Instead we must be active in European politics, to transform it from a Europe of the governments into a Europe of the people. In the next years, we’re going to see one of the greatest opportunities to achieve this goal and one of the greatest challenges. Let me first talk about the challenge.

As if they had learned nothing from the defeat of ACTA, the European Commission is again involved in intransparent negotiations on trade agreements. The most important among them is TTIP, the free trade agreement between the EU and the United States. Once again, the negotiations are taking place behind closed doors.

I think the greatest danger of TTIP is not that it will bring dangerous American products to European plates. The greatest danger is that it will raise corporations to the same level as states. That the interests of industry will have to be considered in every new law put forward.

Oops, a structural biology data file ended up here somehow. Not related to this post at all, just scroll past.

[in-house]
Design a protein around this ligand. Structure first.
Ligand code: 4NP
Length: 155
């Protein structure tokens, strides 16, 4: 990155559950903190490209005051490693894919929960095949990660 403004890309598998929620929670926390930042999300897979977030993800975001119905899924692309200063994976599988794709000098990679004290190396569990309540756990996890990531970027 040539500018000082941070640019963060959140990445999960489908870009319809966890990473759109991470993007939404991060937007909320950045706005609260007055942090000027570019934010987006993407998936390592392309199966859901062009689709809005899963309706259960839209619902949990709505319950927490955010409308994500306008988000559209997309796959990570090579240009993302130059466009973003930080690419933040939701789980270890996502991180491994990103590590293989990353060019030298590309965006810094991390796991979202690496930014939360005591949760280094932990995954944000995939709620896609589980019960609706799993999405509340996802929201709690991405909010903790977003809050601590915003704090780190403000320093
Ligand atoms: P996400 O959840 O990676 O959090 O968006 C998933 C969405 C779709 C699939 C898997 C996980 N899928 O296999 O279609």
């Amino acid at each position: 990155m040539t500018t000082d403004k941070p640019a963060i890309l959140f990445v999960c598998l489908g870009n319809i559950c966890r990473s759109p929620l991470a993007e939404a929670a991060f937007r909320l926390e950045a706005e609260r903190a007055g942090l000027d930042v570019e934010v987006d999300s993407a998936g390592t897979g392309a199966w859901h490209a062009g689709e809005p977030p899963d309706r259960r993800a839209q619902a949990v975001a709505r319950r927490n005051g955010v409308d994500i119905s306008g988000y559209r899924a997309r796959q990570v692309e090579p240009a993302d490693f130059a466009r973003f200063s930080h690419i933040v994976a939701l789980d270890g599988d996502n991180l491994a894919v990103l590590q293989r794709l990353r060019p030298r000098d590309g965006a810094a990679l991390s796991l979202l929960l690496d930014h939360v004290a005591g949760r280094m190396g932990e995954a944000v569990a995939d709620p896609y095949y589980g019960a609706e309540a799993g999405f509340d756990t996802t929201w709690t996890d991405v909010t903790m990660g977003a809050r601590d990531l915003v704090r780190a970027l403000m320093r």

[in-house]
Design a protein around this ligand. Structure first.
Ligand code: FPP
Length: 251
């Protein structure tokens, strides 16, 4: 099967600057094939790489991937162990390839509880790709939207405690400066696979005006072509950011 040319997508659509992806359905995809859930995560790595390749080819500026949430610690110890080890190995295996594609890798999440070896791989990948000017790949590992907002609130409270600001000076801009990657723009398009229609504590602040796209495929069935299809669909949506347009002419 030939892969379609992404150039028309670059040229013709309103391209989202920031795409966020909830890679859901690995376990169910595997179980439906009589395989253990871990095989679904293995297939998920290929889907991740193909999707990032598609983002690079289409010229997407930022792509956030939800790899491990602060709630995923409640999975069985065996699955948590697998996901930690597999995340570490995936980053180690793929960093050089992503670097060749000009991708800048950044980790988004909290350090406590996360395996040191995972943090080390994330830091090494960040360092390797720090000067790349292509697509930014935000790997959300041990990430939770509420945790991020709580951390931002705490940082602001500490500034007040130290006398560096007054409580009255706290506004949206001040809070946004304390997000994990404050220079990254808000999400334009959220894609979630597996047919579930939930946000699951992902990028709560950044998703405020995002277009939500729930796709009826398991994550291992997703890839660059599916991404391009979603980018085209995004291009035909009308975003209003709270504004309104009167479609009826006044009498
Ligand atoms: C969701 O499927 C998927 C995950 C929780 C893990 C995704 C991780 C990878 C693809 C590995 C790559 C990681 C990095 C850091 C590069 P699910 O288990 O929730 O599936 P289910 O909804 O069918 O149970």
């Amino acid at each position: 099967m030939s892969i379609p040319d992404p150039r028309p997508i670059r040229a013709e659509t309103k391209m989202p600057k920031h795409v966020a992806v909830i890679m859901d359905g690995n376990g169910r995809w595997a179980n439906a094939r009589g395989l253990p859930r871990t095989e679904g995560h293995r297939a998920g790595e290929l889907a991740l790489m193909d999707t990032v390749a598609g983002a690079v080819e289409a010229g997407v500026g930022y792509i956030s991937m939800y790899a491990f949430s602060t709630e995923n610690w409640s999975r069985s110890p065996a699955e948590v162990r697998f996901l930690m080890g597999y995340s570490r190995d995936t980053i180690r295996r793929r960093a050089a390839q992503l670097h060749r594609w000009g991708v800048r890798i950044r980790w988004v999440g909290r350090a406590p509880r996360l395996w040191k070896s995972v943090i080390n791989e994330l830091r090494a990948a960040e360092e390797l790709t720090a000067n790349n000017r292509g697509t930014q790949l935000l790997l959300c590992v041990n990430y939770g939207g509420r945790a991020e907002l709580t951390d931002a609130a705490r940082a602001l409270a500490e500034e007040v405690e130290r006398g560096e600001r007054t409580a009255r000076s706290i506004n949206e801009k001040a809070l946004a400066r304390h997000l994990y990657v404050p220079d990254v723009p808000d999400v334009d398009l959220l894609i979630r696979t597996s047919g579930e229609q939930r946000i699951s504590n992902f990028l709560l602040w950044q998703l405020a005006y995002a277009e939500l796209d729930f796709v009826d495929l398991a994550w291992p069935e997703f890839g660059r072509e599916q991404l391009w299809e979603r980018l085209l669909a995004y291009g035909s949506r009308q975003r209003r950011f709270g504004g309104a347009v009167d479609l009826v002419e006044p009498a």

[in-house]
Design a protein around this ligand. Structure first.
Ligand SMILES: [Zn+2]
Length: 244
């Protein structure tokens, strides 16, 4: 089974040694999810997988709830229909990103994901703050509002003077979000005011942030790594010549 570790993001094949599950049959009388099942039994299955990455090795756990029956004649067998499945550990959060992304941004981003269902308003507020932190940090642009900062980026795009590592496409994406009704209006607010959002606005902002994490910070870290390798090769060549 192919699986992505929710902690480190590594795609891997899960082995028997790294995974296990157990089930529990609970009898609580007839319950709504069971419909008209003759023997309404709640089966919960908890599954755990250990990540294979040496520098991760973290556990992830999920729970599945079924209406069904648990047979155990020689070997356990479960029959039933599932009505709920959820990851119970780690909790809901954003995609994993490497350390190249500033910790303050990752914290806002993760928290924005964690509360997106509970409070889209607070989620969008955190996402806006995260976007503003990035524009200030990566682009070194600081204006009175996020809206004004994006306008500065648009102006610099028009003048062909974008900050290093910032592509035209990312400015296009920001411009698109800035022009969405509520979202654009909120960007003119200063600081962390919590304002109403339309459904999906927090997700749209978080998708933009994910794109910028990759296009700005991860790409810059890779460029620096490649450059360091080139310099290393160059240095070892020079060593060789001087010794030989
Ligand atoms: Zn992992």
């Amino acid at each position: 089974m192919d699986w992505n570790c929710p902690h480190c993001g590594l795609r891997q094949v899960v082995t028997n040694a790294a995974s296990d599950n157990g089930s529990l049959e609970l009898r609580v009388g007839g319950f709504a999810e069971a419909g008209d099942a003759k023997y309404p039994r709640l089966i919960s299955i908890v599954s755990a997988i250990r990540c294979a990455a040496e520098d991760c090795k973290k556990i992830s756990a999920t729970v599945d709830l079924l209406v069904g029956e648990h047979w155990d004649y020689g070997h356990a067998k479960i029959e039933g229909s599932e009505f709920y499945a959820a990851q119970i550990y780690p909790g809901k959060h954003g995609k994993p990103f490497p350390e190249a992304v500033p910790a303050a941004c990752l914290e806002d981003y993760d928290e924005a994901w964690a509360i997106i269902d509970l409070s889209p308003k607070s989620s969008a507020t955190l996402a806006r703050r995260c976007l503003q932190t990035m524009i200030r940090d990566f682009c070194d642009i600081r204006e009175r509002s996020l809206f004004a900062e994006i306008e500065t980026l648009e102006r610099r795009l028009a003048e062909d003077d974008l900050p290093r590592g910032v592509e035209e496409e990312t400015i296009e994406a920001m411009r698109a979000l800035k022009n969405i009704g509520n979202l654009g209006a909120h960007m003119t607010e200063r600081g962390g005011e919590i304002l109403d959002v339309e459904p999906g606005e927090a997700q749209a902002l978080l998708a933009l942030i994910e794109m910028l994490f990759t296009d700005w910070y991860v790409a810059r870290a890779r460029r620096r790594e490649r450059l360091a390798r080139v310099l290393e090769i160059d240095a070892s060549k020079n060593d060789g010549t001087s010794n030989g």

As with ACTA, The scope in which we can make democratic decisions is narrowed in an intransparent process. in negotiations where the public is shut out. But as with ACTA, we have the ability to put a stop to TTIP, if we work together as an international movement inside the European Parliament and outside.

But in the European Parliament, we can not just stop threats to democracy, we can also make things better. Here lies the great opportunity of the next years: This is the time to finally reform copyright. After years of pressure from civil society and members of parliament, the European Commission has started a consultation on copyright.

This consultation met with overwhelming public interest. Over 10.000 people responded to the consultation. Over 10.000 people gave their views on how copyright must be reformed.